Navigating NRI taxation in India requires a clear understanding of the Income Tax Act, 1961. The definition of a Non-Resident Indian (NRI) hinges on their physical presence in India. An NRI is an individual who has stayed in India for less than 182 days in the current financial year or has been outside India for 365 days in the preceding four years and less than 60 days in the current year. Returning NRIs can attain RNOR (Resident, Not Ordinarily Resident) status under specific conditions, crucial for determining tax liabilities.

NRIs face distinct tax rules and are taxed uniformly regardless of gender or age. Their taxable income includes salary, rental income, and capital gains, with limited deductions. Section 80C allows deductions up to Rs 1.5 lakh for specific investments and expenses. Other exemptions include interest earned from NRE or FCNR accounts and certain government bonds.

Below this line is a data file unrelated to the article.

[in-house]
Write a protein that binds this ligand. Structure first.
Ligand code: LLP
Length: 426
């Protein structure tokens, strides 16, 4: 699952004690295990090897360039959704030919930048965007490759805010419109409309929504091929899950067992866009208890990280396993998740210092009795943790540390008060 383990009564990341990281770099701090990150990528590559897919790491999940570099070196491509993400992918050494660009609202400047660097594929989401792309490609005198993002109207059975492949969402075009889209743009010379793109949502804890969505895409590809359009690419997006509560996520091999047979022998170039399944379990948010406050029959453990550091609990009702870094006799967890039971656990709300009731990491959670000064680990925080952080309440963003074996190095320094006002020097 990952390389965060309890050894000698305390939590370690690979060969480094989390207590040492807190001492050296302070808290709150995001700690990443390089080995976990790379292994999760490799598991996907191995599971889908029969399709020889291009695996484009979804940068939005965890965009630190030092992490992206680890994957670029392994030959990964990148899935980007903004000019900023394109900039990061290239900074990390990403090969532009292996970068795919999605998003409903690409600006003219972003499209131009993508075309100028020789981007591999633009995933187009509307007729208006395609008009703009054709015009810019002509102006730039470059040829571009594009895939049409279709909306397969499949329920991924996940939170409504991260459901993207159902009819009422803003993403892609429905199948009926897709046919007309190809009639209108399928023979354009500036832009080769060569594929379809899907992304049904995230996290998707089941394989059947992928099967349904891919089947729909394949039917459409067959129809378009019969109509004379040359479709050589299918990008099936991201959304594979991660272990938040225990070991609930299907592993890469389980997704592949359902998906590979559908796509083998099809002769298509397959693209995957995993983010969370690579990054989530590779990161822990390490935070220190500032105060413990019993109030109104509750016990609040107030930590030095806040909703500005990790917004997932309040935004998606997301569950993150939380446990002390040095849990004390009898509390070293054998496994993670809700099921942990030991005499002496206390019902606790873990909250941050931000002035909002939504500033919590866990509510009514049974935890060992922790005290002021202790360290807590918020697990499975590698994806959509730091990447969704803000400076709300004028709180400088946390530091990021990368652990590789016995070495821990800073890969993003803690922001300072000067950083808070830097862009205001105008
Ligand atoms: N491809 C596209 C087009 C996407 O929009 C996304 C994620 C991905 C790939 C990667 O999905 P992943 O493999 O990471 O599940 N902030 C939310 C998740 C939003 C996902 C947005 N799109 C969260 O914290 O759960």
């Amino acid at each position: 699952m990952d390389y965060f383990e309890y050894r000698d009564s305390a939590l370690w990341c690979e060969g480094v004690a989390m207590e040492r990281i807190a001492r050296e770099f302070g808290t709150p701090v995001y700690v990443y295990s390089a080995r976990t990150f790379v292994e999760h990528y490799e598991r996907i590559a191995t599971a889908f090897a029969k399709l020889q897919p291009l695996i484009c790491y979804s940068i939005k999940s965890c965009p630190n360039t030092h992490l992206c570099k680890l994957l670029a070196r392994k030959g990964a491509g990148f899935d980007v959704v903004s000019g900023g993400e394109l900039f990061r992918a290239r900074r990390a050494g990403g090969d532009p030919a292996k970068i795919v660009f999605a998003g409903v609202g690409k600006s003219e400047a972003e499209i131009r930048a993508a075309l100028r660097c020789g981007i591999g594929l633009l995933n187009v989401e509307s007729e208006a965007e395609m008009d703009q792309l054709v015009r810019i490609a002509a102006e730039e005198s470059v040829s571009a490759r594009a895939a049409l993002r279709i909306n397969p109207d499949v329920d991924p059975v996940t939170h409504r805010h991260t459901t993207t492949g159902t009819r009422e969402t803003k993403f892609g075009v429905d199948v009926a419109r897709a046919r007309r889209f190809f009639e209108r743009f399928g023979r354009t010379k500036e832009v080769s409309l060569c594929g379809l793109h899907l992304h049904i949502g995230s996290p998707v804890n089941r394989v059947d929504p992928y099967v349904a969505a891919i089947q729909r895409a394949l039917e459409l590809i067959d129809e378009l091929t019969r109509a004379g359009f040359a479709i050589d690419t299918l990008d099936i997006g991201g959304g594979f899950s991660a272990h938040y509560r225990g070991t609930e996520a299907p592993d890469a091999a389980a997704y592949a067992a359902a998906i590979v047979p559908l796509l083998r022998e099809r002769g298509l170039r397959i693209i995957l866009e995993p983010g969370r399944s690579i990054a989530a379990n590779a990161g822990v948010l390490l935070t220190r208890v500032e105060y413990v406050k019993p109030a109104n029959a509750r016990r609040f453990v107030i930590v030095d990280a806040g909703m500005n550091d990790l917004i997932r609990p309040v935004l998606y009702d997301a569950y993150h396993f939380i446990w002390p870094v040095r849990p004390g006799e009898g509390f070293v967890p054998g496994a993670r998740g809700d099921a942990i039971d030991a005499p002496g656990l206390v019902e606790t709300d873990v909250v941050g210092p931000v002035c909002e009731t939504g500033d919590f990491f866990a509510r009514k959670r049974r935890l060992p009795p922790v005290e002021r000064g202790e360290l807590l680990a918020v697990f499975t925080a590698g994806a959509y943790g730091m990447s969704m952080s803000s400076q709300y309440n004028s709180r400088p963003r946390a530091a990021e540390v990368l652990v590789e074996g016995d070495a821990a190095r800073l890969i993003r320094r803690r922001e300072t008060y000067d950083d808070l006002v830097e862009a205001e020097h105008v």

Double Taxation Avoidance Agreements (DTAA) help NRIs avoid being taxed twice on the same income in different countries. To benefit, NRIs must provide a Tax Residency Certificate (TRC) from their country of residence.

Compliance involves adhering to TDS provisions on various incomes and meeting advance tax requirements if liability exceeds INR 10,000 annually. FEMA regulations govern NRIs’ foreign exchange transactions, investments, and repatriation of funds, requiring careful adherence to avoid penalties.
NRIs should maintain accurate financial records, consult tax experts, and stay updated with tax laws to manage their obligations effectively.